Optimizing stem cell transplantation
Researchers use labeling technique and MRI to track cells in vivo
Studies have shown that stem cell transplantation could aid in the restoration of brain function in patients with medical conditions such as Parkinson’s and Huntington’s diseases, and stroke. The timing and site of transplantation can affect the stem cells’ migration and differentiation, however.
Therefore, to optimize clinical transplantation paradigms, researchers will need to monitor the cells’ migration over time to determine the optimal parameters for transplantation.
Because it is noninvasive and offers high spatial resolution, MRI provides an excellent means to track stem cells in vivo — in contrast to invasive modalities, which require the sacrifice of animals at multiple time points. Investigators have shown that they can achieve sufficient MR contrast by tagging stem cells with superparamagnetic iron oxide nanocomposites; they also have demonstrated the use of nanocomposites for tracking the cells after stroke. These studies were performed with nonhuman stem cells, though, and did not characterize fully the effect of the nanocomposites on stem cell biology. Such characterization is necessary if the method is to be used to label human stem cells for clinical applications.
Researchers have demonstrated MR imaging of stem cells labeled with superparamagnetic iron oxide nanocomposites to track the cells after transplantation to aid in the restoration of brain function. The coronal sections in panels (A) and (C) above show migration of the cells in an ischemic brain after stroke induced in a rat model, one week (A) and five weeks (C) after transplantation. Migration toward the lesion is apparent after five weeks. Panels (B) and (D) are three-dimensional reconstructions of the posterior view of the brain, again one and five weeks after transplantation, respectively. Here, pink represents the graft and green, the stroked area. Images reprinted with permission of PNAS.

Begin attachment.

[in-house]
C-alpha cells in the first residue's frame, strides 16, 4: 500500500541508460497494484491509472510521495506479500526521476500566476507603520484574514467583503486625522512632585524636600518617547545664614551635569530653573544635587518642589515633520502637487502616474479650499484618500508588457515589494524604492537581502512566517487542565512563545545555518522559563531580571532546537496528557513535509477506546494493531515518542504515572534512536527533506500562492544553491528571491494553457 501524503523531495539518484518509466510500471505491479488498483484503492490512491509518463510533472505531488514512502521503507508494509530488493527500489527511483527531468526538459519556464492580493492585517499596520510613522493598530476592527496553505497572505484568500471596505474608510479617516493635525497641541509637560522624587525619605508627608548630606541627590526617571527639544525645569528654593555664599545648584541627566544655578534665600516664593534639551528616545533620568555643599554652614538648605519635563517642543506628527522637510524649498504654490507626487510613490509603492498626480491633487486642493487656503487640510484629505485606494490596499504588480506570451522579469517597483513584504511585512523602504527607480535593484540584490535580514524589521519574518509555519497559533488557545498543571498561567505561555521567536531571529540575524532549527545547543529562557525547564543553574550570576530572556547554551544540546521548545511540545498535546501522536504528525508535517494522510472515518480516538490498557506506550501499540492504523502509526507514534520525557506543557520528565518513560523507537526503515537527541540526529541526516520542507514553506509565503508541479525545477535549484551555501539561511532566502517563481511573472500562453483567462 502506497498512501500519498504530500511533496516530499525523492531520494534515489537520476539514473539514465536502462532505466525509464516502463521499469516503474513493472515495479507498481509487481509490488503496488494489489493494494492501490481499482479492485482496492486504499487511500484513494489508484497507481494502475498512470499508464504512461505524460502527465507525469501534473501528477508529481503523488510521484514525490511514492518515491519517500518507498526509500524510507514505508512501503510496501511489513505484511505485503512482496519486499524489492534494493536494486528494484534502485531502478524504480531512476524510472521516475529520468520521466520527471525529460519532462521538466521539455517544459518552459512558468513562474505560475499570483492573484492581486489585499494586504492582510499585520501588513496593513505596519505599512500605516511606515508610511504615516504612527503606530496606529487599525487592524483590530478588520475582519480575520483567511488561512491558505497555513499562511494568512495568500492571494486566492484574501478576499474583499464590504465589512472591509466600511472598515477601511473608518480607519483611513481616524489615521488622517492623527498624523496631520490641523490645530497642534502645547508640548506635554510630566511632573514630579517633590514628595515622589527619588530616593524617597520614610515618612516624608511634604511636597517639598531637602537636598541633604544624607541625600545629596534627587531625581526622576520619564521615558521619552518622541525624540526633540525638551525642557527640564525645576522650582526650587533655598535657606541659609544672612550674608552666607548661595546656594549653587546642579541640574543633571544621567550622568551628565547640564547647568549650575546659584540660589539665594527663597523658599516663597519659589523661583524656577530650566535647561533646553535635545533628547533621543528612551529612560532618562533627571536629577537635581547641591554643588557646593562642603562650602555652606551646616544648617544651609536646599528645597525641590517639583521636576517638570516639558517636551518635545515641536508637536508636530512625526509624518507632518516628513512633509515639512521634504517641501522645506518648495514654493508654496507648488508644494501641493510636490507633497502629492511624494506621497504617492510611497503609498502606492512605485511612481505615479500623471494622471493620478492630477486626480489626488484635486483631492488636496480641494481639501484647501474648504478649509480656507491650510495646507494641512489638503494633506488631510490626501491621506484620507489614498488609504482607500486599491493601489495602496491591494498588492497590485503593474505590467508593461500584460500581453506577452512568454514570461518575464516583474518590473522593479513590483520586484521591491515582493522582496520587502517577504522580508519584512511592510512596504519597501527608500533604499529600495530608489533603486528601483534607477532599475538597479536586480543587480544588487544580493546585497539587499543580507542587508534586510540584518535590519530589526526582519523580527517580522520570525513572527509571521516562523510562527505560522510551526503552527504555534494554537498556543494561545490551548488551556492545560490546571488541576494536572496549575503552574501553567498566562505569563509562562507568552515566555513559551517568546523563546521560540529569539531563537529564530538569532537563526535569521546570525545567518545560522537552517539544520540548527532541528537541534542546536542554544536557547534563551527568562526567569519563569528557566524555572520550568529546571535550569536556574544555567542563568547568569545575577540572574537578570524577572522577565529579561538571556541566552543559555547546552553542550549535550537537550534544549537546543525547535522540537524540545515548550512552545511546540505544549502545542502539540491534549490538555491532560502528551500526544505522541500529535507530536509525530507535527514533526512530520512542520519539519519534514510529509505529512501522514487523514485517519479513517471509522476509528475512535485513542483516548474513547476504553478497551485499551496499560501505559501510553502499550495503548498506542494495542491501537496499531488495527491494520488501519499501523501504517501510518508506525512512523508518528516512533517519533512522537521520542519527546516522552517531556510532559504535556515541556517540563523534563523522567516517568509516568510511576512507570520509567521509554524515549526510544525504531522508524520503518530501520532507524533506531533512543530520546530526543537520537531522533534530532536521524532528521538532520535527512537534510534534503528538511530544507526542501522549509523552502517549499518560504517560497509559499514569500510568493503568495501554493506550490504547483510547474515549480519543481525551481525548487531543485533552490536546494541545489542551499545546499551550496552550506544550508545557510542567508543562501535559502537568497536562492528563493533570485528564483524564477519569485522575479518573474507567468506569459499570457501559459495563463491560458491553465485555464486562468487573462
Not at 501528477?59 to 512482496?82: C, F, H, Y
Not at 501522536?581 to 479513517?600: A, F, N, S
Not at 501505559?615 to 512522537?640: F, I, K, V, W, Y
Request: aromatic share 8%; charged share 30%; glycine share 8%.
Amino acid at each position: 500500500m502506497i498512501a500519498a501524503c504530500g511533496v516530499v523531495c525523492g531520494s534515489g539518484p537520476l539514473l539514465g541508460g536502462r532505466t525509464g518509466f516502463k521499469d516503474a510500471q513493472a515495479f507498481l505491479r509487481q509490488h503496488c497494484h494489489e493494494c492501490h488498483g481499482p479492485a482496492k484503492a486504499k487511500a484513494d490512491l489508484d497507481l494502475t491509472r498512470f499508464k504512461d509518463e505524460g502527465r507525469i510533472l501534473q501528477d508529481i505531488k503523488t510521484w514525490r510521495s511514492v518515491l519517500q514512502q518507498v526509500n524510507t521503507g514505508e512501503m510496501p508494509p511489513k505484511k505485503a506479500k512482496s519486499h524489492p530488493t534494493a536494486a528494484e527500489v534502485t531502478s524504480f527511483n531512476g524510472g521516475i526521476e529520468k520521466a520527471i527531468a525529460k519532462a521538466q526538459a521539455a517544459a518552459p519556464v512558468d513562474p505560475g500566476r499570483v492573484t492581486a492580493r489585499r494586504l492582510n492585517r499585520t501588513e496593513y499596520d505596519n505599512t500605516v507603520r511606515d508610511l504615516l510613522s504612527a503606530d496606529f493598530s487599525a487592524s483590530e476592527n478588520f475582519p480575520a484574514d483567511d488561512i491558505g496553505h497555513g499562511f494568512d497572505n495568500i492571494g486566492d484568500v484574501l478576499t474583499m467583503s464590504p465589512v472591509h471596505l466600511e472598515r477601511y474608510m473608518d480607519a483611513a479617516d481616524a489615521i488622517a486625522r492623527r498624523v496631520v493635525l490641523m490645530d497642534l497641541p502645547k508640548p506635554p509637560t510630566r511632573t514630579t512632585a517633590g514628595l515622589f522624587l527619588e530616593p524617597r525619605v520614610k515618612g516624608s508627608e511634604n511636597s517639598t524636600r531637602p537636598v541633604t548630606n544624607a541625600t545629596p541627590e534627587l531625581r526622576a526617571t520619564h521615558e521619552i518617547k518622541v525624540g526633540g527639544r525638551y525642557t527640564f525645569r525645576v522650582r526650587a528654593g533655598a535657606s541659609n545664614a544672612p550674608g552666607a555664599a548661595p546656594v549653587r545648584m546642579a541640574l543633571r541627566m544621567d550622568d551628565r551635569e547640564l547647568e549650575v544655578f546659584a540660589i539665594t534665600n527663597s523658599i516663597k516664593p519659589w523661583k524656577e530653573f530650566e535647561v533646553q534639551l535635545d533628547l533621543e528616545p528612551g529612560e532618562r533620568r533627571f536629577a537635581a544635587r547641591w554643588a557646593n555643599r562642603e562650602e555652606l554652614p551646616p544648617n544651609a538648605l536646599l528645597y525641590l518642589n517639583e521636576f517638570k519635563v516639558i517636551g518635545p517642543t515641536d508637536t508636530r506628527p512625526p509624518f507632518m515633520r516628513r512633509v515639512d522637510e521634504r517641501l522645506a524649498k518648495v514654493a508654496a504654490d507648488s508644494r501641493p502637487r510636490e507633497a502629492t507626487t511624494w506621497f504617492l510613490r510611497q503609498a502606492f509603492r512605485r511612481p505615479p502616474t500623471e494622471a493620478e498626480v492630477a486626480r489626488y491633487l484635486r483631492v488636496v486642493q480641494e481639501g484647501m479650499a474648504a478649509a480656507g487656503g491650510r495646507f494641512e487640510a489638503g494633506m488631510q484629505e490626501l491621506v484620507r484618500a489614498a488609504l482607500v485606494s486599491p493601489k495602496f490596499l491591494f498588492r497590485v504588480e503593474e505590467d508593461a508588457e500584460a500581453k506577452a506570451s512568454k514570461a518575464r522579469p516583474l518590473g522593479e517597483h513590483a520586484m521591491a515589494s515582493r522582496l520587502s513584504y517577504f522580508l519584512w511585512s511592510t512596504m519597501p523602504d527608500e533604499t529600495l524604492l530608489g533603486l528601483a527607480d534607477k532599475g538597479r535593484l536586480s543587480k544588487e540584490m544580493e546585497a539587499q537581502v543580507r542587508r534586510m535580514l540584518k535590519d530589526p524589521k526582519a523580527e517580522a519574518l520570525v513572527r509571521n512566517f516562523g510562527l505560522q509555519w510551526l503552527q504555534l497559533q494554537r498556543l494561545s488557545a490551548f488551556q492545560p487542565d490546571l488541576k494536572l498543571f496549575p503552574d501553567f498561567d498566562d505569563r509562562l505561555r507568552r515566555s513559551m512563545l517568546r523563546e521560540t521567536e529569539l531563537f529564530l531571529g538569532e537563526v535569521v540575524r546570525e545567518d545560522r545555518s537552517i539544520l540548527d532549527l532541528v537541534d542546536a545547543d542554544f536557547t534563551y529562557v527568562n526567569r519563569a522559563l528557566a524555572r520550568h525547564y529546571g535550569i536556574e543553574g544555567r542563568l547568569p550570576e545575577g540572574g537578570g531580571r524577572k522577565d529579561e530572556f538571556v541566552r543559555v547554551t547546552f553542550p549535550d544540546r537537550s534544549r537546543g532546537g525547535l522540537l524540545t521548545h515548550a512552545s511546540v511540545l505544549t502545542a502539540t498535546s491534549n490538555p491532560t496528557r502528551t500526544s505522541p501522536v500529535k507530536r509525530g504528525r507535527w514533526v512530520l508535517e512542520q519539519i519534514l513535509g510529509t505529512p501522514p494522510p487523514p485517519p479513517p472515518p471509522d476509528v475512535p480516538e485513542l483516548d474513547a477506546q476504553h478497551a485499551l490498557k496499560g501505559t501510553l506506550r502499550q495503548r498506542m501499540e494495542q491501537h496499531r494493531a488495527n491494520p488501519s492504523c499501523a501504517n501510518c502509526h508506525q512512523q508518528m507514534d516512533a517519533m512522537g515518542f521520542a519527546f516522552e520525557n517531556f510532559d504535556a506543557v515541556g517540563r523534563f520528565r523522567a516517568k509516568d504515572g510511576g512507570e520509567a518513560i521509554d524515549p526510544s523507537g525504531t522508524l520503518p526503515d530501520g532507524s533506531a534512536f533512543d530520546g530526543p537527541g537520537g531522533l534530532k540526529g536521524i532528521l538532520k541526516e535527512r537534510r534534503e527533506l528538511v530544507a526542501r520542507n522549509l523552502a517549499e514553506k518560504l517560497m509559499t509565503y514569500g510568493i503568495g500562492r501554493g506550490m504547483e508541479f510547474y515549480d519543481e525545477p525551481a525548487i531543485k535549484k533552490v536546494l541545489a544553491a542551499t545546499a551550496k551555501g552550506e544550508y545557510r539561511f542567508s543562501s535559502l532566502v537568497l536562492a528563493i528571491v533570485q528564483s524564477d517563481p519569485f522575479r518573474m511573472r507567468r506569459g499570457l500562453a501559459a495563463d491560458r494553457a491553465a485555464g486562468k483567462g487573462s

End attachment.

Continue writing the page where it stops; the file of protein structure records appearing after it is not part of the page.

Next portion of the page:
In the June 12 issue of PNAS, researchers at Stanford University School of Medicine in California reported a study in which they explored the effects of superparamagnetic iron oxide labeling on human central nervous system stem cells grown as neurospheres both in vitro and in vivo. Using MRI, they monitored the migration of the labeled cells transplanted into the rodent brain. “The questions we asked were: How does tagging of the human clinical grade stem cells affect their biology? [and] Can we detect and track them using MRI in the naïve and stroke brain?” said lead author Raphael Guzman.
The researchers performed in-depth analysis of the effects of labeling on the stem cells, including its effects on cell proliferation, differentiation, survival and electrophysiology. First, though, they had to develop the superparamagnetic iron oxide labeling technique to use with their specific cells, taking into account the fact that they wanted to use FDA-approved substances. To this end, they looked to a 2004 study authored by A.S. Arbab et al in the journal Blood, in which the researchers described a method using protamine sulfate instead of transfection agents that can be used only in the laboratory, Guzman said. “We had to find an optimal ratio of the nanocomposites to protamine sulfate to yield maximal transfection rates with minimal toxic effect.”
Guzman’s team tested the possible effects of the labeling technique on stem cell biology. Using a combination of in vitro immunohistochemistry, electrophysiology and in vivo experiments, the scientists confirmed that it had no adverse effects. They observed no statistically significant difference in the differentiation potential between labeled and unlabeled cells, for example, or in the electrophysiological characteristics.